Abstract

Micro- and nanoscale metallic glasses offer exciting opportunities for both fundamental research and applications in healthcare, micro-engineering, optics and electronics. The scientific and technological challenges associated with the fabrication and utilization of nanoscale metallic glasses, however, remain unresolved. Here, we present a simple and scalable approach for the fabrication of metallic glass fibres with nanoscale architectures based on their thermal co-drawing within a polymer matrix with matched rheological properties. Our method yields well-ordered and uniform metallic glasses with controllable feature sizes down to a few tens of nanometres, and aspect ratios greater than 10(10). We combine fluid dynamics and advanced in situ transmission electron microscopy analysis to elucidate the interplay between fluid instability and crystallization kinetics that determines the achievable feature sizes. Our approach yields complex fibre architectures that, combined with other functional materials, enable new advanced all-in-fibre devices. We demonstrate in particular an implantable metallic glass-based fibre probe tested in vivo for a stable brain-machine interface that paves the way towards innovative high-performance and multifunctional neuro-probes.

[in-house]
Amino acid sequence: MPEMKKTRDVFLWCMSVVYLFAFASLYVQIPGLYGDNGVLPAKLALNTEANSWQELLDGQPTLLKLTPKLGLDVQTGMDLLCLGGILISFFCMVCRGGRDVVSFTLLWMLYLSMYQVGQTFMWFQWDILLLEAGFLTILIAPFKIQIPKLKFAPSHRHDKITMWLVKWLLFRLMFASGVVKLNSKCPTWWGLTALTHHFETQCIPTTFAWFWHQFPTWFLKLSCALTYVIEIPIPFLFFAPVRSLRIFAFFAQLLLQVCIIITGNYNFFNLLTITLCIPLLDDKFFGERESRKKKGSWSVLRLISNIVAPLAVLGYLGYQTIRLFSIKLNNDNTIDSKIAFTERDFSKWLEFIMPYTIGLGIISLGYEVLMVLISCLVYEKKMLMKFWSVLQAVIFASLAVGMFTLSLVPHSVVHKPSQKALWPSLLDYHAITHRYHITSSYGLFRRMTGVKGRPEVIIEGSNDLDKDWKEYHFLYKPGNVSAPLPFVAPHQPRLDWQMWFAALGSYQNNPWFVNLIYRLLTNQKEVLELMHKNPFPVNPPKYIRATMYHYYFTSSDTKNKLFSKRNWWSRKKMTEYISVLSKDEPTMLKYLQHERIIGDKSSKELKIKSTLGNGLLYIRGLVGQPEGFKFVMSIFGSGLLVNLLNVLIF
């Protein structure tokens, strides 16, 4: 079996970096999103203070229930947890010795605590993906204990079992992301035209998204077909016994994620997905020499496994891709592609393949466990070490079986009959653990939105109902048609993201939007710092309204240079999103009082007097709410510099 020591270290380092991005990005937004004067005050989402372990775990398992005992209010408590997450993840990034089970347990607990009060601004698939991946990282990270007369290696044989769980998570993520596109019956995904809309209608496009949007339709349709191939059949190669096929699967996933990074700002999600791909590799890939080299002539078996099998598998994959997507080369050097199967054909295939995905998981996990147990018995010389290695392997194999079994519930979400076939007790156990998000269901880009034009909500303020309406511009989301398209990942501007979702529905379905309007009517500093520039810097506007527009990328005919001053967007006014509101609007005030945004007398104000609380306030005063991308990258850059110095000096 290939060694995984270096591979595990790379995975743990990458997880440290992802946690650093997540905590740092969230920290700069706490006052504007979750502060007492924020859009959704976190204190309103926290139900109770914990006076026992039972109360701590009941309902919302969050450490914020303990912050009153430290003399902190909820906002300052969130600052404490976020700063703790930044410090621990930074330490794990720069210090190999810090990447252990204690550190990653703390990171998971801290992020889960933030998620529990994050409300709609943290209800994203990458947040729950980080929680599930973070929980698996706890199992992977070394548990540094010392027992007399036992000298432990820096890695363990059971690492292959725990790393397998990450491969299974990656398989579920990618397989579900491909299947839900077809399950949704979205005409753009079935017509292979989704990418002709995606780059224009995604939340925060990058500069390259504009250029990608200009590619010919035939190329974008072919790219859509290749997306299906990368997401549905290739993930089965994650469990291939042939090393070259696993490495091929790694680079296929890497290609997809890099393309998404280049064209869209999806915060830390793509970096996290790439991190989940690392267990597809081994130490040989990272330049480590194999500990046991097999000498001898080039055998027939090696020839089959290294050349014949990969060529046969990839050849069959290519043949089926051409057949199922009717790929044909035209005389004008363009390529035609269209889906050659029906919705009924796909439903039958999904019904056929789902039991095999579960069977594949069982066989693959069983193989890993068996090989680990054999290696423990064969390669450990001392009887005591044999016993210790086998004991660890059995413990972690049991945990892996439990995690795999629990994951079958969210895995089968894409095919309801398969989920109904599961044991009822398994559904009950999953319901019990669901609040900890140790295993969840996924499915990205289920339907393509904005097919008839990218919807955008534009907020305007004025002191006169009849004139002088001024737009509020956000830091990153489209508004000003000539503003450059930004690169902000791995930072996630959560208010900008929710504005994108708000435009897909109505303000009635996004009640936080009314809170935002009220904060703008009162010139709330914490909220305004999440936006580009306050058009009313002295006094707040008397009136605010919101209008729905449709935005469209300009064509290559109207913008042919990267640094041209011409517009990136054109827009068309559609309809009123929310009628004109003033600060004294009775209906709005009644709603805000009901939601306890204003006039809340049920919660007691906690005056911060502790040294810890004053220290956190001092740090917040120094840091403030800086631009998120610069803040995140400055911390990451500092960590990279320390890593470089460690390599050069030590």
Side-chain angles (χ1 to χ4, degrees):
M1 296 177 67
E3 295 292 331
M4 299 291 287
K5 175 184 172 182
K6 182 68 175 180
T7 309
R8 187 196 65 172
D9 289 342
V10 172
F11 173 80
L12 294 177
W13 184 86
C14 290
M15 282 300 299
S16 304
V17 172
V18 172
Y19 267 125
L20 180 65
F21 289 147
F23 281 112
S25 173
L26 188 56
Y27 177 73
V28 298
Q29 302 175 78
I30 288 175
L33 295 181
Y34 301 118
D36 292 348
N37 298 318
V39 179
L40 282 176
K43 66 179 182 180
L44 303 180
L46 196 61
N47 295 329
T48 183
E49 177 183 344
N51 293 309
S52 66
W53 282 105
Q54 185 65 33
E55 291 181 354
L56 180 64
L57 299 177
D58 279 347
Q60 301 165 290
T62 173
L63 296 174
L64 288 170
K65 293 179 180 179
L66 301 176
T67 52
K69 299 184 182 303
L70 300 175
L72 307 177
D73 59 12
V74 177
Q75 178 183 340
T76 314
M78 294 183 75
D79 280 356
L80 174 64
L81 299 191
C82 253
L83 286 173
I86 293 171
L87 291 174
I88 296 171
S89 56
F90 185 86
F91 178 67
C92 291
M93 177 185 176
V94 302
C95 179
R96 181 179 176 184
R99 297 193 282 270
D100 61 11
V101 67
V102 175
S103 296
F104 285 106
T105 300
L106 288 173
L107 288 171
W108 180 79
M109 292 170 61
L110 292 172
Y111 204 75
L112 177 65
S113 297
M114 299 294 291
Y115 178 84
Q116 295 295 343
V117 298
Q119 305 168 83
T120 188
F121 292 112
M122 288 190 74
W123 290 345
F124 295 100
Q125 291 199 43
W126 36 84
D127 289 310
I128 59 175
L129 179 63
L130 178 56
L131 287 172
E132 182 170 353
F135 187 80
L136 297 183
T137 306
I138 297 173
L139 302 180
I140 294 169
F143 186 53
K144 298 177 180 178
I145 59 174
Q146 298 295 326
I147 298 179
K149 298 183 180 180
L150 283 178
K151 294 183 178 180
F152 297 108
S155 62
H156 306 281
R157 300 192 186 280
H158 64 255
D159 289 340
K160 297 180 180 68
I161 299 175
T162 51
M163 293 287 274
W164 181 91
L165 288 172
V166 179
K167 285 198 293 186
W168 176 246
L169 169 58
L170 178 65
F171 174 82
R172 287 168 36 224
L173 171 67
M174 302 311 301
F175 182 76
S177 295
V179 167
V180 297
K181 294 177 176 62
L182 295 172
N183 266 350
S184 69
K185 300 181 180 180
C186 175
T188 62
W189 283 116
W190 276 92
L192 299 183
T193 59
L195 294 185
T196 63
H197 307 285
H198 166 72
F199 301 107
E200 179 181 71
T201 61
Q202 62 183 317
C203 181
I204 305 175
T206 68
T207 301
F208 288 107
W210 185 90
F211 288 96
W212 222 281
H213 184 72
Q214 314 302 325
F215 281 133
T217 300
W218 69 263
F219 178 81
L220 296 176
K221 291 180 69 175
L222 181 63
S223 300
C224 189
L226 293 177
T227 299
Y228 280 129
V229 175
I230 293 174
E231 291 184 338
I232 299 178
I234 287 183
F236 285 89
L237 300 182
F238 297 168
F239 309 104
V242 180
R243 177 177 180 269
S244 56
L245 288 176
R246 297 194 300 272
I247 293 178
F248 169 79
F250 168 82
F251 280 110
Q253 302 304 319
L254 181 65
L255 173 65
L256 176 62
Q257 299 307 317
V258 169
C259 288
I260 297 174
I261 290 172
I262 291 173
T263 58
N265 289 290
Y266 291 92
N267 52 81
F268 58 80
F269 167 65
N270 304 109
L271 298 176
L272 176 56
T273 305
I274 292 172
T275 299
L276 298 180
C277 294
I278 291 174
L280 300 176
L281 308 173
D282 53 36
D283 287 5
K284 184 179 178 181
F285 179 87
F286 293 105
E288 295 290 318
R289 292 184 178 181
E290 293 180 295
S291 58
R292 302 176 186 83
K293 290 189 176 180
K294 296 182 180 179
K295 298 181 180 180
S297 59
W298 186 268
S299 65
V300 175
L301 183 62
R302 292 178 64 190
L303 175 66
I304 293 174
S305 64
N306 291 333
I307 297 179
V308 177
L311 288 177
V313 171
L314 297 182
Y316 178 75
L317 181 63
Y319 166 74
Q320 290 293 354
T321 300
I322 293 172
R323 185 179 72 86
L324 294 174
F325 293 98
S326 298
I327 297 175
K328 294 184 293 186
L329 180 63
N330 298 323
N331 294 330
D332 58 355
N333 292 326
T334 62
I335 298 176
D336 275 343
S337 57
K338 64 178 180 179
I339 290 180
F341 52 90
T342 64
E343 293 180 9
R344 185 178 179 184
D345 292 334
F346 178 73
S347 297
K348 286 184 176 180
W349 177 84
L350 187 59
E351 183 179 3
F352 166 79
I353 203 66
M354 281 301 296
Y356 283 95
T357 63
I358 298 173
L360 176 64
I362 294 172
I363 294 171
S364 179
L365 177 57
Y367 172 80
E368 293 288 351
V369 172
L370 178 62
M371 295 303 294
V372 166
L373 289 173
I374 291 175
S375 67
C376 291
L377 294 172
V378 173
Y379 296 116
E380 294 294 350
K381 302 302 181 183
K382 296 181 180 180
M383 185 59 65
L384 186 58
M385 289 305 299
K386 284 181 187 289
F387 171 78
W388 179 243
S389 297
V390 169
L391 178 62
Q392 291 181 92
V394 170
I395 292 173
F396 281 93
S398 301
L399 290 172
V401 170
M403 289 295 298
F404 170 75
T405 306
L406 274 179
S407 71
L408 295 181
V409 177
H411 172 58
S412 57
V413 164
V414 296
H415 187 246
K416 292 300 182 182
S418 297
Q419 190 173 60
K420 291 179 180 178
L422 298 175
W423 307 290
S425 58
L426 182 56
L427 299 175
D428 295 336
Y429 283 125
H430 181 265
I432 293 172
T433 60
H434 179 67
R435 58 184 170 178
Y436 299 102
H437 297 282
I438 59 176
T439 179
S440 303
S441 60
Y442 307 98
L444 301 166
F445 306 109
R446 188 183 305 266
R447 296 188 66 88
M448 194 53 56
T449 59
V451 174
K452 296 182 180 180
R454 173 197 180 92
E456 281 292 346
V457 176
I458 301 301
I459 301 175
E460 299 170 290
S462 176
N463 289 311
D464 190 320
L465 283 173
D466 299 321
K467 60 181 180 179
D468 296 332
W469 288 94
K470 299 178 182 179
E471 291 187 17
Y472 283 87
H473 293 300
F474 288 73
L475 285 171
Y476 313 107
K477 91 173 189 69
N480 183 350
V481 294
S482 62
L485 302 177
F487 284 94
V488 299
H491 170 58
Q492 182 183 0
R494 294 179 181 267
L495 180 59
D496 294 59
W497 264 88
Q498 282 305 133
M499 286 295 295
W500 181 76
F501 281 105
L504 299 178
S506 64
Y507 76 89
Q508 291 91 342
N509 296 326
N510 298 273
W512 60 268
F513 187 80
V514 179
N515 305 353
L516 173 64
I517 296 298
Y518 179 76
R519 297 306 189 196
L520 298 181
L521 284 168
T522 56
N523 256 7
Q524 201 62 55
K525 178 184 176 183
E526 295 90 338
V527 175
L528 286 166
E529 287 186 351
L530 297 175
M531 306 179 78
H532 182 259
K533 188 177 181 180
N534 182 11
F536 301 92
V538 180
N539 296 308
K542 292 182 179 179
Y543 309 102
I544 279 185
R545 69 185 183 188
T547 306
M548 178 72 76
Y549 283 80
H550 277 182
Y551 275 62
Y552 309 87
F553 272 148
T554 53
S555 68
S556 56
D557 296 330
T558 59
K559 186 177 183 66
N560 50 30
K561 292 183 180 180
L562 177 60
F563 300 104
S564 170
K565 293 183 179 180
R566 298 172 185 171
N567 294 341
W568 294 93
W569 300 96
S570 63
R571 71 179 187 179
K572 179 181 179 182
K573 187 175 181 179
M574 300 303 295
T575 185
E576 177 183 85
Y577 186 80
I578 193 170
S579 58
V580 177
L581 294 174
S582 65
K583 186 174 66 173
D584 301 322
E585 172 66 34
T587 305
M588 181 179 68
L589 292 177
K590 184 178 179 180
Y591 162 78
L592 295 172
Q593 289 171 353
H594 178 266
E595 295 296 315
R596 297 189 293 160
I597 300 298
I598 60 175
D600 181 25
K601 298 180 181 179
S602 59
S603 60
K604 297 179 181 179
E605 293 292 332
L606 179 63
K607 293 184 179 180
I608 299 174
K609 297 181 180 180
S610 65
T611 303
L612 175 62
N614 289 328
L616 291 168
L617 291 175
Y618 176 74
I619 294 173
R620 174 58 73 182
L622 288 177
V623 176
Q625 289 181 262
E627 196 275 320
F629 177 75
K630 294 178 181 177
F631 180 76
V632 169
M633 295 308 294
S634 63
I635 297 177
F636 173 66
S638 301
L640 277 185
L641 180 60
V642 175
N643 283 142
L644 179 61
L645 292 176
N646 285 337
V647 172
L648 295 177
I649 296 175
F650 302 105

Metallic glasses possess intriguing functional properties, but controlled fabrication with nanoscale feature sizes remains challenging. Thermal co-drawing within a viscosity-matched polymer matrix enables the fabrication of uniform metallic glass fibres with feature sizes down to a few tens of nanometres, arbitrary transverse geometries and aspect ratios greater than 10(10).

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